Pregnancy Weight Gain

Like many aspects of pregnancy, there’s no specific amount you can expect to gain before your baby’s born. It’s not an exact science and there are vast variations from woman to woman. Weight gain is an inevitable and necessary part of pregnancy, with much of the weight hopefully coming from the baby itself, increased fluid and blood in the body and some increase in body fat to provide the necessary energy stores. Gaining too much or too little, however, can potentially cause some problems. Guidelines are in place for the optimum healthy gain, so it may be useful to keep these in mind.

The amount of weight gain recommended depends greatly on the condition of your body before you got pregnant. If you were at an average, healthy weight, then the general advice is to aim for around 12-16kg by the end of your pregnancy. Falling under that can put you at risk for preterm labour and low birth weight, while going significantly over, particularly if you were overweight to begin with, can lead to gestational diabetes and high blood pressure. You may be weighed by your doctor or midwife throughout your pregnancy to keep an eye on this, and to ensure that your baby is developing safely.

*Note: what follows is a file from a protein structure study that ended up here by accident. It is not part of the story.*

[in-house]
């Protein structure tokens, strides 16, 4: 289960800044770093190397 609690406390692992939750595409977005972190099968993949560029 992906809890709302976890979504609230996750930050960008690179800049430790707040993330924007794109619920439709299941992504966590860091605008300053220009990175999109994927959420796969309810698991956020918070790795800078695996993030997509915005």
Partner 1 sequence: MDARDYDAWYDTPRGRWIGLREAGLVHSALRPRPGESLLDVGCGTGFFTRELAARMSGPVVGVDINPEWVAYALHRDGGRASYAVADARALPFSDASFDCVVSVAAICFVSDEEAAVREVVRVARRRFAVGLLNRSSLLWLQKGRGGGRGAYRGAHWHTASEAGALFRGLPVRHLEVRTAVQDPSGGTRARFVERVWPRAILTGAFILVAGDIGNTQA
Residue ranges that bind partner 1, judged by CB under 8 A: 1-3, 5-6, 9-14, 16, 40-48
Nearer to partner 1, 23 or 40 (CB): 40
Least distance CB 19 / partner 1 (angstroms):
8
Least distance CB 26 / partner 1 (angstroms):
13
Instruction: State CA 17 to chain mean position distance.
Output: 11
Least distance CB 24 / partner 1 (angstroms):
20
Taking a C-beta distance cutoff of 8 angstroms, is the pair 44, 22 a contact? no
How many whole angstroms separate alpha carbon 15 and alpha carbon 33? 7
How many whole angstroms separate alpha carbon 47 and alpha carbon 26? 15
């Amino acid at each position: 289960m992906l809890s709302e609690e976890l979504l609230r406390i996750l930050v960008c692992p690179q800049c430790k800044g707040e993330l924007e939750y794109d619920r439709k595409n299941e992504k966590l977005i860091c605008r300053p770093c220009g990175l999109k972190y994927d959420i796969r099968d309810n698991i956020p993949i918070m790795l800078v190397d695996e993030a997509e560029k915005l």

Though it may feel like weight gain in pregnancy is largely out of your control, especially as your bump rapidly expands, there are ways of managing things. You shouldn’t need to eat much more in your daily diet than you did normally; only in the third trimester is it recommended to add around 200-300 extra calories. Ignore jokes from friends and family about ‘eating for two’ and focus instead on eating a wide range of nutrients and healthy foods so that your baby has the best possible start. Regular exercise can also help keep the weight gain to a healthy level; try and walk regularly and stay active and your body and baby will both benefit.

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